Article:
Some Arguments Are Both True and False

Learn the methods of critical thinking.  There is little in life that will serve you better.  Critical thinking allows you to see the defects in popular arguments and it allows you to question your own thinking.  Do not believe everything you think.

One of the great failings of modern society is the loss of the capacity to see spurious argument.  We prefer celebrity and 5-second sound bites.

There is a well structured example in the Financial Post on 29 September 2015.  No Limits To Growth.

The authors compare the ideas of Paul Ehrlich, prominent doomsday theorist and author of several books including The Population Bomb, with those of economist, business professor, poker player and author, Julian Simon.

Ehrlich argued that because the resources of earth are finite and the population is growing, both true, therefore there will be inevitable starvation and chaos.  Hundreds of millions must starve, the UK would cease to exist by 2000, and other similar comforting thoughts.  His celebrity was extensive in the 1970s and 80s.

Simon did not argue about the basics of Ehrlich’s idea of finite resources and growing population.  They are both true after all. He did argue with the conclusion.  He believed that an increasing population increases overall well-being.

Simon’s position showed that Ehrlich’s argument was fallacious because it did not include all of the factors that are relevant to the conclusion.  Narrowing the fact set leads to faulty conclusions.  Always ask if you are seeing all the premises that relate to the argument. So what did Ehrlich miss?

Simon pointed out that starvation was the outcome if you counted only the resources and the mouths to feed.  Other factors mattered too.  Each human is more than a mouth.  Each human also provides a brain to discover and hands to work.  Simon’s thesis was, more brains and more hands overcome the problem of more mouths. And with room to spare.

The article’s authors point out that while the Earth’s population increased by 800 million people in the 1980s, the price of resources mostly fell.  Not what Ehrlich would have predicted.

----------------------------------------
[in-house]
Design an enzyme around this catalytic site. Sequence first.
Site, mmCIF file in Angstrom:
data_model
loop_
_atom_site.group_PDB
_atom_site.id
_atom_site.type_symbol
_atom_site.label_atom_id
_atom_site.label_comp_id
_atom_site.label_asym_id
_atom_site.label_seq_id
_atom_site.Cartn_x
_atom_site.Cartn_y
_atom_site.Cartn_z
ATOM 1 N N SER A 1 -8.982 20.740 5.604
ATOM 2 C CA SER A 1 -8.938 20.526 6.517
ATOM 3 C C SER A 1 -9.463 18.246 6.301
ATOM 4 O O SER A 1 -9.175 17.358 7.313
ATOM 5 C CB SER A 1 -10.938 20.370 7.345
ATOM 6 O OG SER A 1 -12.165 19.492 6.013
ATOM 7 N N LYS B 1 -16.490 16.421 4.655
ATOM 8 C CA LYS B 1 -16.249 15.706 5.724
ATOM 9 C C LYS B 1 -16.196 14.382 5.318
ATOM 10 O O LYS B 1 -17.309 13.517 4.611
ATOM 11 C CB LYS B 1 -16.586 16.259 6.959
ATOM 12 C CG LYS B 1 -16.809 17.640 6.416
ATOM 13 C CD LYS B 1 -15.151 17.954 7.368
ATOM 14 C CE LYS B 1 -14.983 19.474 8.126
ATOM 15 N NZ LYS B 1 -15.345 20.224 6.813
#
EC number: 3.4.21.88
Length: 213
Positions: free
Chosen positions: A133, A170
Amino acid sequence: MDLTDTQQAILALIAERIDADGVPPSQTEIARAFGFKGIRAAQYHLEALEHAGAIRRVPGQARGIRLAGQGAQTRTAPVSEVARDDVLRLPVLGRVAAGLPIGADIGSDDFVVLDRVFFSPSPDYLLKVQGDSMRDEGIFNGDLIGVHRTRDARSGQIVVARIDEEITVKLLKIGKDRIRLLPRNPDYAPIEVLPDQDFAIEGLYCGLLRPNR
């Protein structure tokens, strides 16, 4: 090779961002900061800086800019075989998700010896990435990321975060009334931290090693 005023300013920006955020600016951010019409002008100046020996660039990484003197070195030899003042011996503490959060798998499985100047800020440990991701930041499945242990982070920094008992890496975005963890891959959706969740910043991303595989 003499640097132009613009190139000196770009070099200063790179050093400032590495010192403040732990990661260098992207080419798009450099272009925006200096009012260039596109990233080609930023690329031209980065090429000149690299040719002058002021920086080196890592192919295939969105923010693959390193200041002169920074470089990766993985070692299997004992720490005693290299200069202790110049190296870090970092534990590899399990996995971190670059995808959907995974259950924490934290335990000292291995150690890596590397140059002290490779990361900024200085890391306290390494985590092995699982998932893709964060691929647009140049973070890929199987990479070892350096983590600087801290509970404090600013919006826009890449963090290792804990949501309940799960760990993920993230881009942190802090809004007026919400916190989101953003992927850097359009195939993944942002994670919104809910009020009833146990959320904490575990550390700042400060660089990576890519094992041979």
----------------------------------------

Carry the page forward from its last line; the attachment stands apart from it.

There are two takeaways:

  1. People who predict doom and decay and “that cannot be done” are wrong more often than those who predict that things can be done and that mankind will flourish.  Doom sees limits.  Prosperity sees opportunities.
  2. Critical thinking assesses the validity of an argument.  Ehrlich’s argument is correct given the limited number of premises in it.  The argument is wrong because A and B are not the complete set of true premises that affect the conclusion.  In this case A and B, together with also true premises D and E, reaches another conclusion.

It is very easy to believe a conclusion when it’s apparent logic is unassailable, but you must learn to mistrust conclusions before you know if all the possible premises have been considered in the argument.

Social justice, privacy, security, and environmental integrity arguments abound.  None are based upon complete premises.  All pick their facts to convey the desired message.  These subjects are not the only ones.  There are almost no arguments present in our society today that include all the important facts.

Be careful.

Don Shaughnessy is a retired partner in an international public accounting firm and is now with The Protectors Group, a large personal insurance, employee benefits and investment agency in Peterborough Ontario.

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